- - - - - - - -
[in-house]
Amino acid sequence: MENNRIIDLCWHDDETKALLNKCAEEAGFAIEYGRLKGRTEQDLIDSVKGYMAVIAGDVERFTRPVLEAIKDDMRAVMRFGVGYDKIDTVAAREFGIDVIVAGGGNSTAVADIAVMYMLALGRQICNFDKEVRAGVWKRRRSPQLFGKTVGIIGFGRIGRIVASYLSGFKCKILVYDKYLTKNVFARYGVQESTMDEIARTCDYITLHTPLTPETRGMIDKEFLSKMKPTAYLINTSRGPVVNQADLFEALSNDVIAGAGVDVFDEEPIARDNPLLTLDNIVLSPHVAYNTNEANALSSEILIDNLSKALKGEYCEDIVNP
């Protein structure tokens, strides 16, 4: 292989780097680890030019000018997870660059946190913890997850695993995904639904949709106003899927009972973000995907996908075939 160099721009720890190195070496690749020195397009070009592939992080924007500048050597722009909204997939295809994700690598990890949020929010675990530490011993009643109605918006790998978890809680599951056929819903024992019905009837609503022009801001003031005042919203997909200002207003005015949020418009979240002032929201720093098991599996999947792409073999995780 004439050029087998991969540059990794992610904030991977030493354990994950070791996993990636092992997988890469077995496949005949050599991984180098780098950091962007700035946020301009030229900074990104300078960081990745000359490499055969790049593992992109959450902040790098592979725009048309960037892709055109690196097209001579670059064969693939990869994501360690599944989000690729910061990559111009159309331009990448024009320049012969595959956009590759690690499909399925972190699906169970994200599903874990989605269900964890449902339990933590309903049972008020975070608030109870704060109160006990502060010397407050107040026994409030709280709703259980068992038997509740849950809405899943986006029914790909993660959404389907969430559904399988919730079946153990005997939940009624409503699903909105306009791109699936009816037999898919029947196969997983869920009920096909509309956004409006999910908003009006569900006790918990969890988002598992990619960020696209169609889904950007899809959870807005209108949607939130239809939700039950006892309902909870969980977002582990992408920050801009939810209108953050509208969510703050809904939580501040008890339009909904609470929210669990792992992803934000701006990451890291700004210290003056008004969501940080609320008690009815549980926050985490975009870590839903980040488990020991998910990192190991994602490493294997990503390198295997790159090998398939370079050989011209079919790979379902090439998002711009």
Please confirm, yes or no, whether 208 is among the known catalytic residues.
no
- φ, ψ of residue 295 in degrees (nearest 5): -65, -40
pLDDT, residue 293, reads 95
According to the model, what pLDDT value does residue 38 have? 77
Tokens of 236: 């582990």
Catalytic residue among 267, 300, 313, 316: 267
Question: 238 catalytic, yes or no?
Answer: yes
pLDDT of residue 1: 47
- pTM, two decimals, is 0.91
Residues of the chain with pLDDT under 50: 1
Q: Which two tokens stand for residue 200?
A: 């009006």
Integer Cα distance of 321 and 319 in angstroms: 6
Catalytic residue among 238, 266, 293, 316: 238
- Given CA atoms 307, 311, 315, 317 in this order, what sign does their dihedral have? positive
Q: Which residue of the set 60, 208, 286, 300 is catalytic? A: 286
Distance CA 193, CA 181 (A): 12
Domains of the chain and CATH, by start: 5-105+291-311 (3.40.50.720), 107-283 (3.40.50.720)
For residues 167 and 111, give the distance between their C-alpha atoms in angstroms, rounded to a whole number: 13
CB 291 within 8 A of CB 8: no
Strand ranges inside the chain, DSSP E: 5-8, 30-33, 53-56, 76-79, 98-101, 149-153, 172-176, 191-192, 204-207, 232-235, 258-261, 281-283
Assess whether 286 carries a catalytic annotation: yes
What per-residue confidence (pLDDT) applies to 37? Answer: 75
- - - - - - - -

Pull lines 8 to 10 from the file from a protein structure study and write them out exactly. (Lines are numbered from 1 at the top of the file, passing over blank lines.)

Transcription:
According to the model, what pLDDT value does residue 38 have? 77
Tokens of 236: 């582990």
Catalytic residue among 267, 300, 313, 316: 267